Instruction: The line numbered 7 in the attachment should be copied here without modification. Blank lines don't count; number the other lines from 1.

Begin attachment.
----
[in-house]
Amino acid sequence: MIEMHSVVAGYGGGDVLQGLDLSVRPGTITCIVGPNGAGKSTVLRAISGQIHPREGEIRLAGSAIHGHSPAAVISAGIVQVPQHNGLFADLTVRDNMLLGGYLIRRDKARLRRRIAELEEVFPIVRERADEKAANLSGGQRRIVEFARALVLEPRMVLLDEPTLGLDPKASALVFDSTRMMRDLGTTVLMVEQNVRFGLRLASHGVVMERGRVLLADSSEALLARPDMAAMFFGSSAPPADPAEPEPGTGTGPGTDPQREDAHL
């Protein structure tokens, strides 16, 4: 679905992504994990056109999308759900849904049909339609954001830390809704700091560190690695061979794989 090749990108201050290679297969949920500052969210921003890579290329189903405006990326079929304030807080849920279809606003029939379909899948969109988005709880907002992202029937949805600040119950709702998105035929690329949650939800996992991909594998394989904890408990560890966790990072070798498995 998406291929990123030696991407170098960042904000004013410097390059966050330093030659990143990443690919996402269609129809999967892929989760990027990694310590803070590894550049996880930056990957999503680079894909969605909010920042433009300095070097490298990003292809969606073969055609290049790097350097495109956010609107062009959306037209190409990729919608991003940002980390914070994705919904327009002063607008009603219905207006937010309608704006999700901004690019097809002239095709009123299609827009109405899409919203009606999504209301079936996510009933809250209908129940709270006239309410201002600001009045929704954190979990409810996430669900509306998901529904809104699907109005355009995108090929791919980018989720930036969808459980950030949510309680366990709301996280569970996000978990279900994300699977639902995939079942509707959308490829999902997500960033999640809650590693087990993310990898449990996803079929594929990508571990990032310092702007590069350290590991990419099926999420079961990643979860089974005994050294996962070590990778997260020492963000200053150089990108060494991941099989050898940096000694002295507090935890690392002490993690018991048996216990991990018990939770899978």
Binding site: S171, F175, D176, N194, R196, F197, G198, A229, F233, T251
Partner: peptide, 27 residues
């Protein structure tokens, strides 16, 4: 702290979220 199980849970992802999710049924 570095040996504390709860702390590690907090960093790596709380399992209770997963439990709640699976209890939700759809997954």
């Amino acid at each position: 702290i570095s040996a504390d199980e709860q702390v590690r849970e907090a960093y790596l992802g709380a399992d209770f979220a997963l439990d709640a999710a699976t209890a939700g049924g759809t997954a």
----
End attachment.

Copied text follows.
């Amino acid at each position: 702290i570095s040996a504390d199980e709860q702390v590690r849970e907090a960093y790596l992802g709380a399992d209770f979220a997963l439990d709640a999710a699976t209890a939700g049924g759809t997954a």